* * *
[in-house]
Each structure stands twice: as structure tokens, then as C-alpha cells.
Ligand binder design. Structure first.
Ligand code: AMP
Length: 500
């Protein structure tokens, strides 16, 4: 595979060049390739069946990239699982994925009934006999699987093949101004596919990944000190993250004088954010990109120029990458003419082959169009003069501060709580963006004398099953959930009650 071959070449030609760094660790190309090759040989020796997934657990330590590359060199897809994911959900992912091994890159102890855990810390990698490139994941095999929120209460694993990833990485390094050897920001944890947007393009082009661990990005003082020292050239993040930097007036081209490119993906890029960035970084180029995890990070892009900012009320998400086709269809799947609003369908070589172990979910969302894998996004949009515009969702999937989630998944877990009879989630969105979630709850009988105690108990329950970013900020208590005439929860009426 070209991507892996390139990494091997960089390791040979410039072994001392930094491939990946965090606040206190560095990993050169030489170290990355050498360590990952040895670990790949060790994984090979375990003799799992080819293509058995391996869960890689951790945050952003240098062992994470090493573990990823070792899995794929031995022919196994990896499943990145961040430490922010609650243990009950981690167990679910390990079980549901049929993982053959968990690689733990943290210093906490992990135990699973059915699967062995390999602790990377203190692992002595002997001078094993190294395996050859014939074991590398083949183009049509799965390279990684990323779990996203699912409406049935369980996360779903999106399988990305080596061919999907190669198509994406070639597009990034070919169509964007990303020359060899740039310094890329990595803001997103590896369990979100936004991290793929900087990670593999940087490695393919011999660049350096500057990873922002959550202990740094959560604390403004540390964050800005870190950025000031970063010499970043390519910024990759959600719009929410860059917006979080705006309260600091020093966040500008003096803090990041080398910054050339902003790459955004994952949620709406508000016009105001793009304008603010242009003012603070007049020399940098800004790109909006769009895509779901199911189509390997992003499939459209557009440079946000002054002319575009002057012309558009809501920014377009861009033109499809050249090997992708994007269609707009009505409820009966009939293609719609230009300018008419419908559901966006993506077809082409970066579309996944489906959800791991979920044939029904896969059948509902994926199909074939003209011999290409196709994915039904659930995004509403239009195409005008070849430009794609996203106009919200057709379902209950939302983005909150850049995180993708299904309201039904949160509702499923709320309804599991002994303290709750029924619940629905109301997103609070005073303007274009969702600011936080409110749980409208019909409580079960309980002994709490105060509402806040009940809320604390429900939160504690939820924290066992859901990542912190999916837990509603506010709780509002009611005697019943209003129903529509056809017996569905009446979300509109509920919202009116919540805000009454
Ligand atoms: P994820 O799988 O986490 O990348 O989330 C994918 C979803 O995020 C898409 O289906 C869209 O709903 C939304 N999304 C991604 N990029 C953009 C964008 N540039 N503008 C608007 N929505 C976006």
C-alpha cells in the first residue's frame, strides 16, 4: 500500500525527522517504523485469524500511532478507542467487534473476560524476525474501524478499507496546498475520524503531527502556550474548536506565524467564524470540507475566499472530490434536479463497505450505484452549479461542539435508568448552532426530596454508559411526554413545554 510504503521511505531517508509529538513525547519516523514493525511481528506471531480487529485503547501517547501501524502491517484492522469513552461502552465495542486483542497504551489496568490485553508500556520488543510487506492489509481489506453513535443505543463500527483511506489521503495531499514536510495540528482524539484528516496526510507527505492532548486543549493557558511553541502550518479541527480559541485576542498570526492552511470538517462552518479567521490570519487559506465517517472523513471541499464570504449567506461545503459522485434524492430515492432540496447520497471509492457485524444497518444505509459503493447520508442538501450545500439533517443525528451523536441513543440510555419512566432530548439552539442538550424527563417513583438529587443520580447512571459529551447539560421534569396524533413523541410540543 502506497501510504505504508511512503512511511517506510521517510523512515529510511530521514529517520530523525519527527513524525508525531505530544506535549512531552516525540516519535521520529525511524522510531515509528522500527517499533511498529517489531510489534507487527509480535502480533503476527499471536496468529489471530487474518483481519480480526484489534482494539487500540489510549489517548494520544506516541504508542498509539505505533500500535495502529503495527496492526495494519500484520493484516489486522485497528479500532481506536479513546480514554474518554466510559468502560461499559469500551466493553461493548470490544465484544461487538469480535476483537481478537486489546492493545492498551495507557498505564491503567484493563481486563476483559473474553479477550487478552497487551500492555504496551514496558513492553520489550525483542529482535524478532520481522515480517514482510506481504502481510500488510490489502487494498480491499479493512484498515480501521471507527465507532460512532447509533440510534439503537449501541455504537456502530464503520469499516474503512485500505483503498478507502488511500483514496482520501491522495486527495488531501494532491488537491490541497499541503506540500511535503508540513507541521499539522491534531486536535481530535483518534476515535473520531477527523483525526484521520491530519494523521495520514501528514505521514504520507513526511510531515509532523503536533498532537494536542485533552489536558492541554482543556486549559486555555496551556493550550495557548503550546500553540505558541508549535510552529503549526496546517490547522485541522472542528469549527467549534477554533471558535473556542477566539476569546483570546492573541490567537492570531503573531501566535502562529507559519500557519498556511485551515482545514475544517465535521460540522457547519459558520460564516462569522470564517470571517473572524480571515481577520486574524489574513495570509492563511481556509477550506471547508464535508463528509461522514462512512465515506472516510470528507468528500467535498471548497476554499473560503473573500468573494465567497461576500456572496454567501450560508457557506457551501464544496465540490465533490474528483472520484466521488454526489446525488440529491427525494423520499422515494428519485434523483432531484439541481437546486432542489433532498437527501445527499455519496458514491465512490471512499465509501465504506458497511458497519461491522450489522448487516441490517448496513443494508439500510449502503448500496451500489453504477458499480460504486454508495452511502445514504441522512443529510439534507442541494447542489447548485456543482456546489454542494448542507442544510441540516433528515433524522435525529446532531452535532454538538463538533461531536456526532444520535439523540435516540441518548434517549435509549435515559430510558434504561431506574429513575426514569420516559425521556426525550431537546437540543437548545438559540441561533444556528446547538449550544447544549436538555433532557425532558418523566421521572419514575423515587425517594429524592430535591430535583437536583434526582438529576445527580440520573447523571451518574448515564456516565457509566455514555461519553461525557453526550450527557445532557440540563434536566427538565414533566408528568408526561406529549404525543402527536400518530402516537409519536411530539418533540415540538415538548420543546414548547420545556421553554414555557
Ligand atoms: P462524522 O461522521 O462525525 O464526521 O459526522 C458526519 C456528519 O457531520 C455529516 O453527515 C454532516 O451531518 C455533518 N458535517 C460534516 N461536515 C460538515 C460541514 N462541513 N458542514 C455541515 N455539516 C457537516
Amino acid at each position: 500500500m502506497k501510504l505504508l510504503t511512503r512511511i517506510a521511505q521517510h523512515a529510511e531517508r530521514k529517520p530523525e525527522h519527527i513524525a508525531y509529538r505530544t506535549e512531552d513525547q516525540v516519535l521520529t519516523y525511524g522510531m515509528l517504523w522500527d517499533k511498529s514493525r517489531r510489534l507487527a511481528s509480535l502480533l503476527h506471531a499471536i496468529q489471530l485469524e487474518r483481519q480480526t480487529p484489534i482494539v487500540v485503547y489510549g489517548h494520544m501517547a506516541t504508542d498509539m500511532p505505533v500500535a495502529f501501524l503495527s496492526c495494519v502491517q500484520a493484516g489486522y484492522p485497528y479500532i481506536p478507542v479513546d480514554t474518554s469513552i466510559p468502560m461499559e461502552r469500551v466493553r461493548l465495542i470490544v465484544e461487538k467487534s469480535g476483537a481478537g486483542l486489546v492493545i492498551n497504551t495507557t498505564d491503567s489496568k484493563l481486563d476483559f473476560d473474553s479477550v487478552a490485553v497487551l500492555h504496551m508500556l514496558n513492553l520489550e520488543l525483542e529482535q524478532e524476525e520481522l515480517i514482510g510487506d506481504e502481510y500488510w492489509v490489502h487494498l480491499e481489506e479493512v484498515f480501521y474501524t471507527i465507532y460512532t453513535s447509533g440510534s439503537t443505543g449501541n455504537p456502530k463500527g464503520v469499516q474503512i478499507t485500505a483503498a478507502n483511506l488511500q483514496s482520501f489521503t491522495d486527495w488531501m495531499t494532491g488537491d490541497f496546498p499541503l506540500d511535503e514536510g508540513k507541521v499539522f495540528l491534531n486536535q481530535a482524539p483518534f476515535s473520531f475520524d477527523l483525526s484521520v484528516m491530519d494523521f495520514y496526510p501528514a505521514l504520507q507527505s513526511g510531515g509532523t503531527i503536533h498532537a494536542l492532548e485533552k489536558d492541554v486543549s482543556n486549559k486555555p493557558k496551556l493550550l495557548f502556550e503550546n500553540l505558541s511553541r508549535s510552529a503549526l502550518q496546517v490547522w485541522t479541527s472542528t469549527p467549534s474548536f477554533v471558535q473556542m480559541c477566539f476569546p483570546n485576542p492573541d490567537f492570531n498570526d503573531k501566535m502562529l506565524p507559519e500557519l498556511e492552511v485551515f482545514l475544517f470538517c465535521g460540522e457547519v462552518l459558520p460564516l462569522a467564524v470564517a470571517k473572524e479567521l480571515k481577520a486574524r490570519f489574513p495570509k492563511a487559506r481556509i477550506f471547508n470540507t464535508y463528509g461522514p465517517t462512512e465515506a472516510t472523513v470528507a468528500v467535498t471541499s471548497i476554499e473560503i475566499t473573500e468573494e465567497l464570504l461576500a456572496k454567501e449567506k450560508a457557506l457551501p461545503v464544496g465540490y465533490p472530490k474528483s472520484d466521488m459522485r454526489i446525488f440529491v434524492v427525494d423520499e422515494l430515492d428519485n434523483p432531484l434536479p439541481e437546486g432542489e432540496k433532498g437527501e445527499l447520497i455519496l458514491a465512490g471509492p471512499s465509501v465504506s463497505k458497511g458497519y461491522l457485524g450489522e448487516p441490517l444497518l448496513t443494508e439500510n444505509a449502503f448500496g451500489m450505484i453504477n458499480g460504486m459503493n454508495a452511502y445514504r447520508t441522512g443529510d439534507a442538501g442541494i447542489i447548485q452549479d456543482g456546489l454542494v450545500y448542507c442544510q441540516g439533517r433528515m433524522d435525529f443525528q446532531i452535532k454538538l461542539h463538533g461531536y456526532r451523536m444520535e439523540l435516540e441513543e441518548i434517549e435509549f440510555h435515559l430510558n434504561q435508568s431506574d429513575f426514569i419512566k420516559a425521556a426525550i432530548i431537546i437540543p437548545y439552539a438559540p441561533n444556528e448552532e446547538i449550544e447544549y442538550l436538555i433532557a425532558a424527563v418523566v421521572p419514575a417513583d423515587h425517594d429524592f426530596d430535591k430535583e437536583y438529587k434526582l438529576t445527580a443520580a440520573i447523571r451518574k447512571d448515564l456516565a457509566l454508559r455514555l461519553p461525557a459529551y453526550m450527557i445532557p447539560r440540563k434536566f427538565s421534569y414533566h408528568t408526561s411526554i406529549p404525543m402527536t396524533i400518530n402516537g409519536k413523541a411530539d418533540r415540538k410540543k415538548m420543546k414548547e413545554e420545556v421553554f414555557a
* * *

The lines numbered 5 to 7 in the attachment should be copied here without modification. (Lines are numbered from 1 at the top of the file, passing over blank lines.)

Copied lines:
Length: 500
């Protein structure tokens, strides 16, 4: 595979060049390739069946990239699982994925009934006999699987093949101004596919990944000190993250004088954010990109120029990458003419082959169009003069501060709580963006004398099953959930009650 071959070449030609760094660790190309090759040989020796997934657990330590590359060199897809994911959900992912091994890159102890855990810390990698490139994941095999929120209460694993990833990485390094050897920001944890947007393009082009661990990005003082020292050239993040930097007036081209490119993906890029960035970084180029995890990070892009900012009320998400086709269809799947609003369908070589172990979910969302894998996004949009515009969702999937989630998944877990009879989630969105979630709850009988105690108990329950970013900020208590005439929860009426 070209991507892996390139990494091997960089390791040979410039072994001392930094491939990946965090606040206190560095990993050169030489170290990355050498360590990952040895670990790949060790994984090979375990003799799992080819293509058995391996869960890689951790945050952003240098062992994470090493573990990823070792899995794929031995022919196994990896499943990145961040430490922010609650243990009950981690167990679910390990079980549901049929993982053959968990690689733990943290210093906490992990135990699973059915699967062995390999602790990377203190692992002595002997001078094993190294395996050859014939074991590398083949183009049509799965390279990684990323779990996203699912409406049935369980996360779903999106399988990305080596061919999907190669198509994406070639597009990034070919169509964007990303020359060899740039310094890329990595803001997103590896369990979100936004991290793929900087990670593999940087490695393919011999660049350096500057990873922002959550202990740094959560604390403004540390964050800005870190950025000031970063010499970043390519910024990759959600719009929410860059917006979080705006309260600091020093966040500008003096803090990041080398910054050339902003790459955004994952949620709406508000016009105001793009304008603010242009003012603070007049020399940098800004790109909006769009895509779901199911189509390997992003499939459209557009440079946000002054002319575009002057012309558009809501920014377009861009033109499809050249090997992708994007269609707009009505409820009966009939293609719609230009300018008419419908559901966006993506077809082409970066579309996944489906959800791991979920044939029904896969059948509902994926199909074939003209011999290409196709994915039904659930995004509403239009195409005008070849430009794609996203106009919200057709379902209950939302983005909150850049995180993708299904309201039904949160509702499923709320309804599991002994303290709750029924619940629905109301997103609070005073303007274009969702600011936080409110749980409208019909409580079960309980002994709490105060509402806040009940809320604390429900939160504690939820924290066992859901990542912190999916837990509603506010709780509002009611005697019943209003129903529509056809017996569905009446979300509109509920919202009116919540805000009454
Ligand atoms: P994820 O799988 O986490 O990348 O989330 C994918 C979803 O995020 C898409 O289906 C869209 O709903 C939304 N999304 C991604 N990029 C953009 C964008 N540039 N503008 C608007 N929505 C976006």